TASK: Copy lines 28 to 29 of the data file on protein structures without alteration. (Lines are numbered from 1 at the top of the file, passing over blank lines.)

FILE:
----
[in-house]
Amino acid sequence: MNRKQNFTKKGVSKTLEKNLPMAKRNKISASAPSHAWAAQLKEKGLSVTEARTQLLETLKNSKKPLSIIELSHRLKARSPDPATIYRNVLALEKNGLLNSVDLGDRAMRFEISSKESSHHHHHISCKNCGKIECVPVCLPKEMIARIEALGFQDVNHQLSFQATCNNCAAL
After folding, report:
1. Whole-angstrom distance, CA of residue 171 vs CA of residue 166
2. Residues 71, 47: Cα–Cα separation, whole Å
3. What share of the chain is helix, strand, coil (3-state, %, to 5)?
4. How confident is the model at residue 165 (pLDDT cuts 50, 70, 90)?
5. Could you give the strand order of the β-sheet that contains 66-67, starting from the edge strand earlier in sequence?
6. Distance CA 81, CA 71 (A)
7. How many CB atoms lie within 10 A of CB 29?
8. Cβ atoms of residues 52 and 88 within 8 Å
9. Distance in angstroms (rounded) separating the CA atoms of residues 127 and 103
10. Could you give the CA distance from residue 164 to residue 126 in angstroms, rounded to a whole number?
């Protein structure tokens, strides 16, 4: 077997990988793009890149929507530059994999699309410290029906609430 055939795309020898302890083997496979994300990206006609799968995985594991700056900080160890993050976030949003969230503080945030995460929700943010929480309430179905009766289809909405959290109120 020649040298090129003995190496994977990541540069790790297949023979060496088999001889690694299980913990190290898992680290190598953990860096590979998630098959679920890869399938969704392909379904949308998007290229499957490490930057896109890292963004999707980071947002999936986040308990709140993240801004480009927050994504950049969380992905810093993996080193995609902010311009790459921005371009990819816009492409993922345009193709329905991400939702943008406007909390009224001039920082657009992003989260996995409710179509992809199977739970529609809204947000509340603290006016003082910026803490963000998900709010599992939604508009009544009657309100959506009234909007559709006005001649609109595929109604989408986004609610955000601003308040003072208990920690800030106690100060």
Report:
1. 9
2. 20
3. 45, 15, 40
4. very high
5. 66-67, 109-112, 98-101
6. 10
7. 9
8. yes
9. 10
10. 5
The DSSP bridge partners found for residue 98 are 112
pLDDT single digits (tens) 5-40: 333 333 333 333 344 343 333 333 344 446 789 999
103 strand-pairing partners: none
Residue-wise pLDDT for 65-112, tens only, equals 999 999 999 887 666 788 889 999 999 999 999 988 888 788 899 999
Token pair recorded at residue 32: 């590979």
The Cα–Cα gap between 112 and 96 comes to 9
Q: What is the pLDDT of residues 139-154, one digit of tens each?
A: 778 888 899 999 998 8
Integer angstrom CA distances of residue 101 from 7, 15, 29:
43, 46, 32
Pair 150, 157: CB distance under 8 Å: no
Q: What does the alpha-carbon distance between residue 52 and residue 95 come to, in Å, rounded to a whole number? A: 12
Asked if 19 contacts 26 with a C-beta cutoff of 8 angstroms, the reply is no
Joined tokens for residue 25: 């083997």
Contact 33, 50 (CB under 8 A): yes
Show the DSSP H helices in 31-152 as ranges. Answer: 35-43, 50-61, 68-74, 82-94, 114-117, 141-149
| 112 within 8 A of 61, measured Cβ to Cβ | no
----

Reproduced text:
103 strand-pairing partners: none
Residue-wise pLDDT for 65-112, tens only, equals 999 999 999 887 666 788 889 999 999 999 999 988 888 788 899 999